BY JOE MARVILLI
As gridlock continues in Washington D.C. and the immigration reform bill passed by the U.S. Senate collects dust in the House of Representatives, some community leaders have taken to fasting in the hopes of progress on immigration. S.J. Jung is one such community leader.
Jung, the president of the Flushing-based MinKwon Center for Community Action, spent the middle of November fasting at the National Mall in support of immigration reform. Jung, along with many other immigrant rights leaders, abstained from all food, except water, in an attempt to “touch the hearts and minds of the members of Congress” and get them to pass an immigration bill.
While an immigration reform bill passed the Senate in June, it has languished in the House of Representatives since then, with little time left in this year’s session for a vote.
The Senate bill offers undocumented immigrants a pathway to citizenship. Young undocumented immigrants who came to the U.S. as children would be able to earn green cards in five years.
Jung started his participation on Nov. 17 as part of the “Fast for Families” campaign. Organized by the Service Employees International Union, participants from various immigrant, labor and faith organizations joined together in tents in front of the Capitol building in Washington D.C.
The 47-year-old emigrated from Korea 27 years ago and said he underwent his fast as both an immigrant and as an American.
“I was there to protest the political gridlock, but not by raising my voice, but in the more humble way of fasting. That was one small way for me to share the pain of the immigrants in our nation’s broken immigrant system. We’re talking about the tragedy of family separation,” Jung said. “I was also there as an American. I believe immigration reform is not only a moral imperative but an economic imperative.”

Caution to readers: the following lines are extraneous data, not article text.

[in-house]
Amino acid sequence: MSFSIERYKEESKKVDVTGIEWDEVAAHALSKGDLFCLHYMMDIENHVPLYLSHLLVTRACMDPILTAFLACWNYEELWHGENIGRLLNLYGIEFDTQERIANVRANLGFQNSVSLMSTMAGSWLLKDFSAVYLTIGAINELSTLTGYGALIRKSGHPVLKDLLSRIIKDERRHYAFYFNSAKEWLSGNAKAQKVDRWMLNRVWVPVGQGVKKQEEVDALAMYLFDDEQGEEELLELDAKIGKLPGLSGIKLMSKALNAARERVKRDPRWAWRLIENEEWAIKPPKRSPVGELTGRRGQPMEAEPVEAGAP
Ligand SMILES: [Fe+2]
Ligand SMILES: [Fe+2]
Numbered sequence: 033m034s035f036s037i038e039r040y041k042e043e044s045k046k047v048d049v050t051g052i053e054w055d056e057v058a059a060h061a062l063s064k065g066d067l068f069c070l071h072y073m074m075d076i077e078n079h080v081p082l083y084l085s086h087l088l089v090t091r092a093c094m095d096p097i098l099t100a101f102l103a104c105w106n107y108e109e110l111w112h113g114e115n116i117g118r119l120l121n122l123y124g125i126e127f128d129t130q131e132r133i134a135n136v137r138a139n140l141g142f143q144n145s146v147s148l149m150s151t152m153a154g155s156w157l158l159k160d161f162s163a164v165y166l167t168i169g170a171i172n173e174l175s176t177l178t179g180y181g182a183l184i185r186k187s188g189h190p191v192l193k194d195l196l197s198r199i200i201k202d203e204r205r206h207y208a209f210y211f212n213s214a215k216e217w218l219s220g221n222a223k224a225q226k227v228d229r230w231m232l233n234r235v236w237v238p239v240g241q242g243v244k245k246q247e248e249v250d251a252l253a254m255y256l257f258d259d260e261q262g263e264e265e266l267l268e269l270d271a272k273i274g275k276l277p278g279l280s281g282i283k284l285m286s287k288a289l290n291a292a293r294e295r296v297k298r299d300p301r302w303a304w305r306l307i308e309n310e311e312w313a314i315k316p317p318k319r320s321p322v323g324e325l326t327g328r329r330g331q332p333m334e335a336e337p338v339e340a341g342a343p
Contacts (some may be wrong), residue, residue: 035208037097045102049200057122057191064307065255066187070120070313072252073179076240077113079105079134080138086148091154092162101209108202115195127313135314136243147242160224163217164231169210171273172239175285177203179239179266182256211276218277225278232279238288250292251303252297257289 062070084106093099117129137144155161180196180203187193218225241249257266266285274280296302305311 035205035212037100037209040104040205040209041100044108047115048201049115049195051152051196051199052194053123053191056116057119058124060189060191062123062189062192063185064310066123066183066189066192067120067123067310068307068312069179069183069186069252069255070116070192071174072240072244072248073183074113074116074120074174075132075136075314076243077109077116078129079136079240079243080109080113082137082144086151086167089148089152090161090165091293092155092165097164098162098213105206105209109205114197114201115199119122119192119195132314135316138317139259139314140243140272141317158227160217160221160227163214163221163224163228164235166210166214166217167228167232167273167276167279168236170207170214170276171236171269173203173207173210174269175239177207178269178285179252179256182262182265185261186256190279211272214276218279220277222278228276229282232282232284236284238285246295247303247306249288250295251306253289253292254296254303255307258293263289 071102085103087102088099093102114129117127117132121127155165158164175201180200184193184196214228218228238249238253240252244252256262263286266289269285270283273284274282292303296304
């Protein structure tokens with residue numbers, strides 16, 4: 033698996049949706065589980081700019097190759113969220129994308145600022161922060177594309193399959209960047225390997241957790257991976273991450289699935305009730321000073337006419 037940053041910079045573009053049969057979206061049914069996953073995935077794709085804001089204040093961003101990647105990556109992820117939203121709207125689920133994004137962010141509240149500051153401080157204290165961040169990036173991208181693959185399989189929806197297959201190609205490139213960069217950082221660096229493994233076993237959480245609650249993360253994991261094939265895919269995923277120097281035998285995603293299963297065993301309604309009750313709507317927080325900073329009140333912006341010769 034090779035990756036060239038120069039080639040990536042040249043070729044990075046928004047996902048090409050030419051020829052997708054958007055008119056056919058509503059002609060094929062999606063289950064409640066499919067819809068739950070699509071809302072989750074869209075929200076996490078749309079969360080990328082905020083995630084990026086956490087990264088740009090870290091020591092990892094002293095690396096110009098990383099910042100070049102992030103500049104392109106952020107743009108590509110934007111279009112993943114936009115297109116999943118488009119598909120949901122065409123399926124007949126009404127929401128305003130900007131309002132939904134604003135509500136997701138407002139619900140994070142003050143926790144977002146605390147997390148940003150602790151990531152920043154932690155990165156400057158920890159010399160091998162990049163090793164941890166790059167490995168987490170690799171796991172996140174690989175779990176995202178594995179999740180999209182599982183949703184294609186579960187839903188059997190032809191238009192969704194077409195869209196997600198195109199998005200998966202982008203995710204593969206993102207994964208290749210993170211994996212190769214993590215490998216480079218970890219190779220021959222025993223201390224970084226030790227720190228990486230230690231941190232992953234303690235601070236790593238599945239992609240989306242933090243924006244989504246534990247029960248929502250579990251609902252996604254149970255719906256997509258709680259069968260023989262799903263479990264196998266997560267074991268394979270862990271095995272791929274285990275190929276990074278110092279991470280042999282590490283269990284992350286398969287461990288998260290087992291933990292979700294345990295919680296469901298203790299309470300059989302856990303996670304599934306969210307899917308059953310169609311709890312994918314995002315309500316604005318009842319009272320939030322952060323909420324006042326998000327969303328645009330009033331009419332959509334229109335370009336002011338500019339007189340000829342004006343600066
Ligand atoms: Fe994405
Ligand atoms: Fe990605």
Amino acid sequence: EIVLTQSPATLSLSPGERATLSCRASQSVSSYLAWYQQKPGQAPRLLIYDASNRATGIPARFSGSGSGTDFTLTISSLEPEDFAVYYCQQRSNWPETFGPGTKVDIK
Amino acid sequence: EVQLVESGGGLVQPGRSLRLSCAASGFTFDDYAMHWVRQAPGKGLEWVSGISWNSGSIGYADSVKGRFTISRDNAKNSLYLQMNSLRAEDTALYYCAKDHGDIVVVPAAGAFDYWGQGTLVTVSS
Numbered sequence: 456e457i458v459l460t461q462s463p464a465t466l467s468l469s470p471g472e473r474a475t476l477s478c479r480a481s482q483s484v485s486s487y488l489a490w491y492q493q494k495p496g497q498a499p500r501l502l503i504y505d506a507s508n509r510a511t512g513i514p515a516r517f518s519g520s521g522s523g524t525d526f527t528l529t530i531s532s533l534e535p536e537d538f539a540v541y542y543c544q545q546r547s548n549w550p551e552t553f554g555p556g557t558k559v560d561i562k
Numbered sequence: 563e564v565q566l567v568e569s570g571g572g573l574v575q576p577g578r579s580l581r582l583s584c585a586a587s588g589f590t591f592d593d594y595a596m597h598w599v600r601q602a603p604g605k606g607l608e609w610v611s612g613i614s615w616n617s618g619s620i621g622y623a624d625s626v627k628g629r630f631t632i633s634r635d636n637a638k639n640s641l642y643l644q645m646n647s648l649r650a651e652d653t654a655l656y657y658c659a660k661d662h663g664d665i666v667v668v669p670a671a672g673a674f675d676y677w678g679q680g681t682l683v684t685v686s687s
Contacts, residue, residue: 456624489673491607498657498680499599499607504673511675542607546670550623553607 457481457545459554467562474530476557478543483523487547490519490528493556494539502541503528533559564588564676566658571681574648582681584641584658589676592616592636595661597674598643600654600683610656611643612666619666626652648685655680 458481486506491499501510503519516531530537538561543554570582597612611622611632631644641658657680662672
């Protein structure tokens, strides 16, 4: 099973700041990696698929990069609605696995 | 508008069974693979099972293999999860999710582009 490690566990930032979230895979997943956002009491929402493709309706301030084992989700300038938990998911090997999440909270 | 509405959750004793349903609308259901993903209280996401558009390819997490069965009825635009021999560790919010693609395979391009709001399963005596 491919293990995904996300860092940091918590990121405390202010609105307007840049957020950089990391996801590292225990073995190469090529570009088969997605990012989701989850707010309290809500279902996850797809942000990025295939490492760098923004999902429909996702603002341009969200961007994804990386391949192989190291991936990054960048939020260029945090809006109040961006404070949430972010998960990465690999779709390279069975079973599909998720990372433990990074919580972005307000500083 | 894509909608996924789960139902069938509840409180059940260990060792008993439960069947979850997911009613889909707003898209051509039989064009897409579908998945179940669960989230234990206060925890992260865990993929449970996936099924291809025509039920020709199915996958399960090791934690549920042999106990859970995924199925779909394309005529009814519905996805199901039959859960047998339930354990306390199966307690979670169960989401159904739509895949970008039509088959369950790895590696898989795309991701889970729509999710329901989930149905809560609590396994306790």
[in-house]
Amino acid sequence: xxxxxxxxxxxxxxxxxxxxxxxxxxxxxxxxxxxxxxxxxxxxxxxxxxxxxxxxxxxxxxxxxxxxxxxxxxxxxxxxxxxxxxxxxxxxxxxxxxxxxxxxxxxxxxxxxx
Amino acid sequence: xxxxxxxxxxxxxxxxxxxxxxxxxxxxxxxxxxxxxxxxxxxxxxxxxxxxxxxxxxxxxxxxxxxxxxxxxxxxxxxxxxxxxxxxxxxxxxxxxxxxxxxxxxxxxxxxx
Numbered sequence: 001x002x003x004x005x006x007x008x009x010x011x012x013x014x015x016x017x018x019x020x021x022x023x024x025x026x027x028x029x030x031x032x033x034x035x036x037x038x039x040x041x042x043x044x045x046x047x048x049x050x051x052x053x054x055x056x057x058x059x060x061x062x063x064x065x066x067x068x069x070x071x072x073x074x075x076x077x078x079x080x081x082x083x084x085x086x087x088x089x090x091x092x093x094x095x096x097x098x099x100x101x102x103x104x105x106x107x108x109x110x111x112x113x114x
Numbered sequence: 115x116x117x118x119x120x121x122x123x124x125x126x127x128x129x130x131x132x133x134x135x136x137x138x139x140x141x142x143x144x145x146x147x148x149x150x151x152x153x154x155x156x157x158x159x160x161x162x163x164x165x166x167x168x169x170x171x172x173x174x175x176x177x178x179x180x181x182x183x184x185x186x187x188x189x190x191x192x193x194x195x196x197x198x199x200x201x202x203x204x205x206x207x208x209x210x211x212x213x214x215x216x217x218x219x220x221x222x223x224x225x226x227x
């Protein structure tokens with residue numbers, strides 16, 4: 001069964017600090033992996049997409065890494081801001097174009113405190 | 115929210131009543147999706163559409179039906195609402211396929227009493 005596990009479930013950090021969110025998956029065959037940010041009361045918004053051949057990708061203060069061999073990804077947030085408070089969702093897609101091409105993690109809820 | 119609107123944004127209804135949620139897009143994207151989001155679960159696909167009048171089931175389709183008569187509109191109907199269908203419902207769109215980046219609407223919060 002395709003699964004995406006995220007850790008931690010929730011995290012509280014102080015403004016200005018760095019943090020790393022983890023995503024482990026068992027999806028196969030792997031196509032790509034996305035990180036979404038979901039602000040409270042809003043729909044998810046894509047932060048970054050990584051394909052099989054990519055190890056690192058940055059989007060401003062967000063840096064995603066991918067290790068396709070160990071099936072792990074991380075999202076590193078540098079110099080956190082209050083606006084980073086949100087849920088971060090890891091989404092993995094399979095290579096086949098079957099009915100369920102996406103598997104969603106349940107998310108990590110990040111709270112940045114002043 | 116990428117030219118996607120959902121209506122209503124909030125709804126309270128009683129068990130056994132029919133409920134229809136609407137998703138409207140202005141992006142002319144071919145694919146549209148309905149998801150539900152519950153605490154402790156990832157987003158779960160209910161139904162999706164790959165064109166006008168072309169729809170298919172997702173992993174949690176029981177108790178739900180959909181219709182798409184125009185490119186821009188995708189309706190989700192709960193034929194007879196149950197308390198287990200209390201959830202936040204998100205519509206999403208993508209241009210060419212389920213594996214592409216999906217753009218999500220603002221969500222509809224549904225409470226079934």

Jung was forced to break his fast after eight days due to severe stomach pain.
Many high-ranking elected officials visited the tent where the fasters stayed, including President Barack Obama, Vice President Joe Biden, U.S. Sen. Charles Schumer (D-New York) and U.S. Rep. Grace Meng (D-Flushing).
Jung said that many of the elected officials who met with the fasters recommitted to passing immigration reform. The fasters also visited House Speaker John Boehner’s (R-Ohio) office with a letter asking for a vote on reform. While the Speaker said the immigration bill is not dead and the House is working on it, Jung said more is needed than just words.
“They voted to repeal Obamacare 42 times. When it comes to immigration reform, they can’t bring it to vote even once? It doesn’t make sense to me,” he said. “We have the votes. If the bill is brought to the floor, it will pass.”
The MinKwon Center is encouraging those in support of immigration reform to call Boehner’s office at (202) 225-0600, House Majority Leader Eric Cantor’s (R-Virginia) office at (202) 225-2815 and House Majority Whip Kevin McCarthy’s (R-California) office at (202) 225-2915.
“Each and every poll clearly shows an absolutely majority is very supportive of immigration reform,” Jung said. “We will continue our campaign. We should end the 21st century Trail of Tears.”
Reach Joe Marvilli at (718) 357-7400, Ext. 125, firstname.lastname@example.org, or @Joey788.